mood GIF
 

Underway

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So the RCN just announced the next phase of it's rebranding of the ol' MARS officer. To go along with the "Naval Warfare Officer", they are also redesigning the position of Combat Officer onboard ship. From now on they will be called "Senior Naval Officer - Warfare".
There hasn't been a Combat Officer on RCN ships for about 2-3 years
 
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Underway

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Clearly divide the high risk emitters (HF, fire control and air/surface search, satcom) from the low risk (UHF, VHF-FM, nav radars) which makes it easier for the OOW/OOD to control.
That already happens on the RADHAZ board. Major, minor and greater than 75m emmiters are in different boxes and labeled as such. Of course that might have changed in the last few years but that was where East Coast Dockyard was headed. 3 categories. This means you can go aloft aft if a minor emitter is operating forward. Of course in Dockyard the workers can always say no if they feel "unsafe" even if they are safe.
 

Colin Parkinson

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Or crates of 105mm floating around the back of gun tractors going cross country. Properly stored rifle and pistol ammunition is remarkable safe, considering ammunition that is still good is routinely dug from WWII aircraft that thundered in.

SAAMI fire test of ammunition
 

Humphrey Bogart

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And then I come along and sling ammo at sea with a helicopter, where we “firmly” place the load on deck and hustle back for the next load. The disconnect between what are, essentially, the same two acts (ammunitioning ship) are striking.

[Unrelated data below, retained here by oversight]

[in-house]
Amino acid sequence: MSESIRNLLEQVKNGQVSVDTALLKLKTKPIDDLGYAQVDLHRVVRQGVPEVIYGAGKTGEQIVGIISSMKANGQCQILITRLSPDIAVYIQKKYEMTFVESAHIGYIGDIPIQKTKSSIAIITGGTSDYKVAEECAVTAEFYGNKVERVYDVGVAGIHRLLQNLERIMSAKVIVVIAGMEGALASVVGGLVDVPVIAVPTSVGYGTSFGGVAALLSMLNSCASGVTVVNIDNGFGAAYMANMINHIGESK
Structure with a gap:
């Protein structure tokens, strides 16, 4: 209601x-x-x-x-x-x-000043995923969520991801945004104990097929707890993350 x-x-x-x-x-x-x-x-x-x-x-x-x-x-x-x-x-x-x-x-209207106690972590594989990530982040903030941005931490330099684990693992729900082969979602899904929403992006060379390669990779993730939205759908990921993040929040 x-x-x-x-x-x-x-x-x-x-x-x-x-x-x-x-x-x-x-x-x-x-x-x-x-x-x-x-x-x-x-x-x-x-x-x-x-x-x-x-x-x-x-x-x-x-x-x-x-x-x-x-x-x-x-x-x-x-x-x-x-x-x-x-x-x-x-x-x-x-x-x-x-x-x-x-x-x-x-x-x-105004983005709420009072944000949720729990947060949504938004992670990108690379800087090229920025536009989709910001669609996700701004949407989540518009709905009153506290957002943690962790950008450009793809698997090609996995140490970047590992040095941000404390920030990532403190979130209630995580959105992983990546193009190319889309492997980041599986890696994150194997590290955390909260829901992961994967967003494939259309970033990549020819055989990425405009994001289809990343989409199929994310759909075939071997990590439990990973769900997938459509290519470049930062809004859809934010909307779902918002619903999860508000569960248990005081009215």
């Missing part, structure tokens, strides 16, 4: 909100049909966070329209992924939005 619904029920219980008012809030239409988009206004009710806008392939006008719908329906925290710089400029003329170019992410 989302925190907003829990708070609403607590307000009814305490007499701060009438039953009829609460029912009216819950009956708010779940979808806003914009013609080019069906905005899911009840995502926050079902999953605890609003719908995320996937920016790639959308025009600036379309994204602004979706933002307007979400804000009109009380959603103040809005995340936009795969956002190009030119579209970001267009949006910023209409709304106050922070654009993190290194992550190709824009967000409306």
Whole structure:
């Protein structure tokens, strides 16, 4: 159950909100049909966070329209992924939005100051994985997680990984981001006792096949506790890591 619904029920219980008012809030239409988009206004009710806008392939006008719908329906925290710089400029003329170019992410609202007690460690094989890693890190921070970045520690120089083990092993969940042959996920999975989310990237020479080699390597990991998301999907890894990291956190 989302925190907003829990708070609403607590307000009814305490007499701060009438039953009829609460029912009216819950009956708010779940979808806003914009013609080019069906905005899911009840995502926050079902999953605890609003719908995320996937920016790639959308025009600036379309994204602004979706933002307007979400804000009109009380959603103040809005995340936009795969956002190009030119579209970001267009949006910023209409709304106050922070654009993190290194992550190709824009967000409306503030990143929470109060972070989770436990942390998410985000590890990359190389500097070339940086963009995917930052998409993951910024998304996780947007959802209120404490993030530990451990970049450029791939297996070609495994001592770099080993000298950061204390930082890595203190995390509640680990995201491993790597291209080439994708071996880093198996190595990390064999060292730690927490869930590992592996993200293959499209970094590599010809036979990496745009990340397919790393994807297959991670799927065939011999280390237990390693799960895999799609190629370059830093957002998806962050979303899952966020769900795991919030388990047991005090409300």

I get that both the Halifax explosion of 1917 and the Bedford Magazine explosion of 1945 are deeply ingrained into the RCN DNA, but seriously, all of the packed ammo is designed, by STANAG, to be safely dropped from 1 m and is HERO safe. I love how one cannot even carry a can of small arms ammo thru dockyard and across the brow of ship, for fear that the whole dockyard will suddenly explode into a firey ball of death. Ammunitioning is another soul sucking evolution that is ripe for a real world review of what actual risks are...
The Navy does all sorts of ridiculous things which don't make any sense. A real good example is Harbour Evolutions where the Ship isn't operating under power. Everyone I've talked to will always say "You need a BWK on the Bridge if you are doing a Cold Move" and they will force a BWK off leave to come in and do a Cold Move even though they don't hold Charge (that is retained by the OOD) and the Queen's Harbour Master is entirely responsible for the Safety of the Vessel once the lines are let go. In fact, if something does get screwed up while they are doing the move, it's entirely on the Pilot, yet we still have an OOW standing there on the Bridge, for no other reason other than someone somewhere said we had to, in contradiction of HCI's.
 
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Good2Golf

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The Navy does all sorts of ridiculous things which don't make any sense. A real good example is Harbour Evolutions where the Ship isn't operating under power. Everyone I've talked to will always say "You need a BWK on the Bridge if you are doing a Cold Move" and they will force a BWK off leave to come in and do a Cold Move even though they don't hold Charge (that is retained by the OOD) and the Queen's Harbour Master is entirely responsible for the Safety of the Vessel once the lines are let go. In fact, if something does get screwed up while they are doing the move, it's entirely on the Pilot, yet we still have an OOW standing their on the Bridge, for no other reason other than someone somewhere said we had to, in contradiction of HCI's.